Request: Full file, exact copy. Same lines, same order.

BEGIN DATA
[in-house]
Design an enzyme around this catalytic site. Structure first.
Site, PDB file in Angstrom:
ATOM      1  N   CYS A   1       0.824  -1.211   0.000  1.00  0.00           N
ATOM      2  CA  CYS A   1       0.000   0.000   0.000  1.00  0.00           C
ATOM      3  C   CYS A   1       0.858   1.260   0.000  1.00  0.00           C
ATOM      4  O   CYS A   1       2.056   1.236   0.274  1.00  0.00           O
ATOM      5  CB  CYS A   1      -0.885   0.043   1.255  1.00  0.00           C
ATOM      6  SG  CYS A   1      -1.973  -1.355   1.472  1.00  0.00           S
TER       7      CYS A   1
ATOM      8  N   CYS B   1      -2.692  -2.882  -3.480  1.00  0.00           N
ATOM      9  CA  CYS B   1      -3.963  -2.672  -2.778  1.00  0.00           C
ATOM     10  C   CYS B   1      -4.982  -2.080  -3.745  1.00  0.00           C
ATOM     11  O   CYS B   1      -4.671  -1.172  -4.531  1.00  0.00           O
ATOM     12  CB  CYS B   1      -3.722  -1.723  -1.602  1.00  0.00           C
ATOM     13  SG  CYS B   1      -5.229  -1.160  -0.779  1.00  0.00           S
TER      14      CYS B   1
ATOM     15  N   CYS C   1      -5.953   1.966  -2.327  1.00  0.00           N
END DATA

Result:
[in-house]
Design an enzyme around this catalytic site. Structure first.
Site, PDB file in Angstrom:
ATOM      1  N   CYS A   1       0.824  -1.211   0.000  1.00  0.00           N
ATOM      2  CA  CYS A   1       0.000   0.000   0.000  1.00  0.00           C
ATOM      3  C   CYS A   1       0.858   1.260   0.000  1.00  0.00           C
ATOM      4  O   CYS A   1       2.056   1.236   0.274  1.00  0.00           O
ATOM      5  CB  CYS A   1      -0.885   0.043   1.255  1.00  0.00           C
ATOM      6  SG  CYS A   1      -1.973  -1.355   1.472  1.00  0.00           S
TER       7      CYS A   1
ATOM      8  N   CYS B   1      -2.692  -2.882  -3.480  1.00  0.00           N
ATOM      9  CA  CYS B   1      -3.963  -2.672  -2.778  1.00  0.00           C
ATOM     10  C   CYS B   1      -4.982  -2.080  -3.745  1.00  0.00           C
ATOM     11  O   CYS B   1      -4.671  -1.172  -4.531  1.00  0.00           O
ATOM     12  CB  CYS B   1      -3.722  -1.723  -1.602  1.00  0.00           C
ATOM     13  SG  CYS B   1      -5.229  -1.160  -0.779  1.00  0.00           S
TER      14      CYS B   1
ATOM     15  N   CYS C   1      -5.953   1.966  -2.327  1.00  0.00           N